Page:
Representatives of the two area school divisions reaffirmed their commitment to the fight against bullying and described related initiatives at local schools.
With the SRPSD playing a major role in financing the conference, chair Barry Hollick noted the public school division’s strong support of activities and programs planned for the week.
“This week’s theme is expressed in just three words -- free from fear -- but just think of the impact this will have on our young people when this is achieved,” Hollick said. “Every child in our schools, in our neighbourhoods and at home and on the Internet on the computer, every child should be able to experience freedom from fear.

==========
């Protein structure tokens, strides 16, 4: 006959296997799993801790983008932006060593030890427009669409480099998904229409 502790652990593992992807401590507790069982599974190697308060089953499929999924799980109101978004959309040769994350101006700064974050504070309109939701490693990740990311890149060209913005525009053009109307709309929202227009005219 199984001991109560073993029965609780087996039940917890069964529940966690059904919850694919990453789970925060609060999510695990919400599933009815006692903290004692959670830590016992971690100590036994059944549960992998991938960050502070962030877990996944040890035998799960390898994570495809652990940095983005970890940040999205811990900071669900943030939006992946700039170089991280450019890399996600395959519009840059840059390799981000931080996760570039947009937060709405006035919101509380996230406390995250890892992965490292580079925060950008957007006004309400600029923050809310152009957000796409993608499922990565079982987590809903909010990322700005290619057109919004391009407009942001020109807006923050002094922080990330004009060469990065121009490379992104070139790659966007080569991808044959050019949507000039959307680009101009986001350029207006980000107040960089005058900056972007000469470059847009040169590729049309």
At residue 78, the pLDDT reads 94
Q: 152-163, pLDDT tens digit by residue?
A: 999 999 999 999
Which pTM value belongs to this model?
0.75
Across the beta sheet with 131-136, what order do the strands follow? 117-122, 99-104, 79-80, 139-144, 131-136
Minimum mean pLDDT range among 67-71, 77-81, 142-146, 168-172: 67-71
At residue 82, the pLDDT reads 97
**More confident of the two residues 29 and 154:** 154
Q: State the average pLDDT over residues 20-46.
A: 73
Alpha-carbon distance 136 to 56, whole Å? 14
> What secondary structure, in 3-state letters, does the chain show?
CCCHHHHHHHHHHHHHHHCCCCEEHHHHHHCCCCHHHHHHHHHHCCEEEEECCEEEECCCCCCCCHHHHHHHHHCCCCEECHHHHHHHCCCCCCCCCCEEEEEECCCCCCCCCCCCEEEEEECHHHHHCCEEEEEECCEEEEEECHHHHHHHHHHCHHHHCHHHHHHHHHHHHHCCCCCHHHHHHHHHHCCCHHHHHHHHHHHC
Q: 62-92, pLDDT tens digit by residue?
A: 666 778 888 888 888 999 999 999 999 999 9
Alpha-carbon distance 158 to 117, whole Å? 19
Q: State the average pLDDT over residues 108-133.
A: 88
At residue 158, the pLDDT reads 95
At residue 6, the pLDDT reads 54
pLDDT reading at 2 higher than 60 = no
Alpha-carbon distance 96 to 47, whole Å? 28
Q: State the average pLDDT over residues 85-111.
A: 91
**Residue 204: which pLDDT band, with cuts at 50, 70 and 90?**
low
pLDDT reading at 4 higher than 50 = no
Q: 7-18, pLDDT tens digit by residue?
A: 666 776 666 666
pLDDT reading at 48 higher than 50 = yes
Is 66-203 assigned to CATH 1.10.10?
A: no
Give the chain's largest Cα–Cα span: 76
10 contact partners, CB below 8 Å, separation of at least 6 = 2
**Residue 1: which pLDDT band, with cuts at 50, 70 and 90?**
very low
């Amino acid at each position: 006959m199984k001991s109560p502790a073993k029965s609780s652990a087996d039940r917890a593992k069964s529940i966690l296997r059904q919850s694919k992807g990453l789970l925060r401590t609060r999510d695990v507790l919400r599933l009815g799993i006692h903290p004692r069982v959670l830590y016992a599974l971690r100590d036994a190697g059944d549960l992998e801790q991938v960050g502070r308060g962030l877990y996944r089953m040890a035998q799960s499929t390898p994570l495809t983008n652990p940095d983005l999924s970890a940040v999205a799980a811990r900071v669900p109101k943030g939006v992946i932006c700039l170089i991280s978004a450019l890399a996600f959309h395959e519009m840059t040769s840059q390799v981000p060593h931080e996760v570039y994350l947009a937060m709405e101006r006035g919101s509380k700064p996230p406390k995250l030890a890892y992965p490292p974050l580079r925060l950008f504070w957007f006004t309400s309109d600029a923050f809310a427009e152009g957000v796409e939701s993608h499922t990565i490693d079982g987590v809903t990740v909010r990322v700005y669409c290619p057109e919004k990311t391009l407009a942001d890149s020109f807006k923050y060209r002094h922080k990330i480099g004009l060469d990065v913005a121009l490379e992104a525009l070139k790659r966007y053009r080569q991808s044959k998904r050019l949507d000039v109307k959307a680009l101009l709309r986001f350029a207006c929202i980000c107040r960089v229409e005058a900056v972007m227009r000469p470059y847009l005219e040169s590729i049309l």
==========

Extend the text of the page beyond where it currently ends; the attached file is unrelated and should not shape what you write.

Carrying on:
“In our Sask. Rivers public schools, we strive to achieve this goal. We have instructional programs being presented, we have law enforcement officers who join with our teachers to deliver anti-bullying messages to our students, we have our Carlton high school drama group the Mad Hatters going out to elementary schools and presenting anti-bullying themes through their dramatic performances.”
Meanwhile, PACSD chair George Bolduc noted that all Catholic schools in the area will be participating in Pink Shirt Day activities to illustrate their concern and awareness of bullying.
He also pointed to the March launch across the division of a 15-month anti-bullying social skills development program called Love One Another As God Has Loved You.
“At each grade level, students will develop an understanding of each child is a child of God and that every child has the right to be treated with respect,” Bolduc said.
Wrapping up the guest speakers was country music star and local icon Donny Parenteau, who has been speaking out against bullying across Saskatchewan for the last eight years.